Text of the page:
What’s the rush, why breach now?  

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The four Lower Snake River Dams are man-made structures with a finite lifetime. They are part of the problematic aging U.S. infrastructure that requires more money for maintenance every year. These dams will be breached in the future due to the economics. They are economically unsustainable now. It’s simply a matter of time before the federal agencies admit it. So, the question is will salmon and Southern Resident Orcas still be around when the dams come down, or will it be too late? Extinction is forever. The dams are not.
Aren’t Governor Inslee’s Washington State Task Force & the federal CRSO process already on top of the salmon and orca issues?  

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It would please us to think so, however both species have declined since NOAA’s protection, conservation, and recovery efforts on their behalf began.  All four runs were listed as threatened or endangered under the ESA by 1997. Southern Resident Orcas officially became endangered in 2005. Most recently, beginning in 2018, the Southern Resident Killer Whale Recovery and Task Force evaluated options to save endangered salmon and Southern Resident Orcas in the Pacific Northwest.  They recommended a Stakeholder Report, costing 750,000, to study breaching. This report was final in March 2020 and did not recommend breaching. The Columbia River Systems Operations Process (CRSO)  recommendations through a new Environmental Impact Statement on the dams was published August 2020 and did not recommend breaching.   Timelines for effective action from these two groups are years away.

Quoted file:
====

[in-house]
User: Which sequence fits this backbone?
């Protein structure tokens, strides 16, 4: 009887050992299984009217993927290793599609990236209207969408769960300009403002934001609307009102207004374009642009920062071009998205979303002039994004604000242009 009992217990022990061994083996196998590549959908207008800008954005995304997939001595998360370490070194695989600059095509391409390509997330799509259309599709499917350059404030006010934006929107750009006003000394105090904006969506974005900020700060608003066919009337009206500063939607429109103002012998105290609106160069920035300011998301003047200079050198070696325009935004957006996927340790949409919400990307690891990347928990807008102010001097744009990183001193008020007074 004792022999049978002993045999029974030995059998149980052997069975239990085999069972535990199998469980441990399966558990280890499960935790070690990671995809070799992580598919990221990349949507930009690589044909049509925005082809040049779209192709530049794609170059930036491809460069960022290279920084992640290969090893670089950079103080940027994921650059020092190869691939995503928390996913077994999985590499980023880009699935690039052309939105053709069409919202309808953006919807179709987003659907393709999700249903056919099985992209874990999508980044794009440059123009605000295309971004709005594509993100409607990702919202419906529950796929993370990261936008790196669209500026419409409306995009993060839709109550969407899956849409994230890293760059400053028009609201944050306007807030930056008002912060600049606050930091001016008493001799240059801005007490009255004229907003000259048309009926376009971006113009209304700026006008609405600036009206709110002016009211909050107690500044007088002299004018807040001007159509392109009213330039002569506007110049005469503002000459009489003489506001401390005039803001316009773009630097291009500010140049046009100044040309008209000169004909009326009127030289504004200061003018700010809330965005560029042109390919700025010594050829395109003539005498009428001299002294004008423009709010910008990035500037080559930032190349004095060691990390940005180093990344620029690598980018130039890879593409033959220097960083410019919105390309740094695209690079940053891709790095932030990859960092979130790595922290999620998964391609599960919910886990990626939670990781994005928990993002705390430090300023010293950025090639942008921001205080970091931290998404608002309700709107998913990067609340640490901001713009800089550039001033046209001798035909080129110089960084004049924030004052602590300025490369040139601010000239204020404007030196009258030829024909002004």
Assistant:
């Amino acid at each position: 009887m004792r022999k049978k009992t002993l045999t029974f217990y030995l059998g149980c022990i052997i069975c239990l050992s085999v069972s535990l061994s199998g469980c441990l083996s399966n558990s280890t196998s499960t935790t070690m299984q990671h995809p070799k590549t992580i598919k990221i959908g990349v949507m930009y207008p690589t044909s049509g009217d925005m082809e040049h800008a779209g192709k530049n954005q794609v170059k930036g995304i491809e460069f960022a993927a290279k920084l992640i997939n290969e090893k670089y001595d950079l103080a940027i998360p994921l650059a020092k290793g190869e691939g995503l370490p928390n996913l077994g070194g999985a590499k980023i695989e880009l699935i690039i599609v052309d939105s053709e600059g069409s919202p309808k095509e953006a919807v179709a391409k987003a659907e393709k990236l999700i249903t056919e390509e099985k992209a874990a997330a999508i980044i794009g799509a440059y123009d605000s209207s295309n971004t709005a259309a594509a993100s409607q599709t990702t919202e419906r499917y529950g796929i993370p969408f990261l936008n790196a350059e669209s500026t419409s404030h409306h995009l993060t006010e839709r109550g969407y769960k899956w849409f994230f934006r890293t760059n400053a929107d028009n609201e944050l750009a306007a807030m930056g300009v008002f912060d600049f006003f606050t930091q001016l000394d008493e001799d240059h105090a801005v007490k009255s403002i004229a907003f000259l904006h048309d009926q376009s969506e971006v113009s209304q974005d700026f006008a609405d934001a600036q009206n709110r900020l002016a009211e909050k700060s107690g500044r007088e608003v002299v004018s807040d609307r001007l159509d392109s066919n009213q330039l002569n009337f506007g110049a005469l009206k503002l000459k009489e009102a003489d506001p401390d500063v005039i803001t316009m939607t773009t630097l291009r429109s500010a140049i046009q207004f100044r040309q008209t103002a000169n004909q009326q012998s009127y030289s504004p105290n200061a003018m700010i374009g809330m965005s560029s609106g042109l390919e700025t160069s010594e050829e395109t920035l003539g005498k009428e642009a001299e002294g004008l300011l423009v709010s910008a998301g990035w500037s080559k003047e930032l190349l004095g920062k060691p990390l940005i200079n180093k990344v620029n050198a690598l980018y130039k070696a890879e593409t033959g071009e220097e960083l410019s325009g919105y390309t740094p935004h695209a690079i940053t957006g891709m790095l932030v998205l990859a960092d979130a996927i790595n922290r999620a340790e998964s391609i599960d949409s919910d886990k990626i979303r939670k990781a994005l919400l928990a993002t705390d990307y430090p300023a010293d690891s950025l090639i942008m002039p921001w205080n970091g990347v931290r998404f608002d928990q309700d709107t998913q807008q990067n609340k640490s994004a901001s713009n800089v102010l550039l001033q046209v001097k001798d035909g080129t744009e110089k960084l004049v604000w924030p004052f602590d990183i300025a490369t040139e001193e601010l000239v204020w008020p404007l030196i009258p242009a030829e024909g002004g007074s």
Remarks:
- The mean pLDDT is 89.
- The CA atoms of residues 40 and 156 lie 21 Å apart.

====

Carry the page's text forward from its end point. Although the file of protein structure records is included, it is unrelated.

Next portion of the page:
Why not just let these existing projects carry out other methods to save these species?  

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Endangered Snake River salmon and Southern Resident Orcas can’t wait for long-drawn out efforts. And they don’t have to because the US Army Corps of Engineers is committed to following the guidance in the current Summary, 2002 Feasibility Study/Environmental Impact Statement (EIS) is still a good framework for its actions on the LSRD’s themselves. Since the 2002 FS/ EIS was a site specific EIS it still is the only comprehensive analysis of alternatives for improving salmon passage on the LSRD’s. Dam breaching was identified as the alternative that would provide the highest probability of meeting salmon survival and recovery criteria (see page 25). The US Army Corps took 7 years to complete this report at a cost of $33 million. The Corps’ own conclusion: dam breaching is the best way to recover Snake River salmon, a conclusion that remains valid today.  The evidence is clear, to save money, save salmon and save orcas, breaching must start this year.  This will also save tax money and ratepayer money.
Why hasn’t the Corps of Engineers acted to breach the dams?  

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Lack of regional political leadership to even ask the Corps to breach.  And, a misguided belief by the public and agencies that further studies, legislation, and a new Environmental Impact Statement will solve the problem when in fact all it does is prolong effective action to save salmon and orca.  25 years has been spent trying every other method to recover salmon.  Strong  pressure on the Corps, Bonneville Power Authority, and the Northwest delegation to breach the dams is urgently needed now before it is too late.
Where are the four Lower Snake River Dams?  

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Discussions about the dams can take many perspectives. As you learn more about what the dams mean for different people, you might be surprised how technically feasible and economically beneficial breaching can be to achieve our common goal of saving salmon and orcas. 

Explore these perspectives by clicking on the image below or in the Perspectives menu.

Dam Sense was established to tell the truth about these dams and to help us all imagine a brighter future filled with vibrant local economies, abundant fishable wild salmon and steelhead, recovering Southern Resident Orcas, a financially viable Bonneville Power Administration, less taxpayer waste and responsible government stewardship of our resources. We are a 501 (c)(3) non profit organization. 

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Breach the Lower Snake River Dams to save salmon, orcas, & money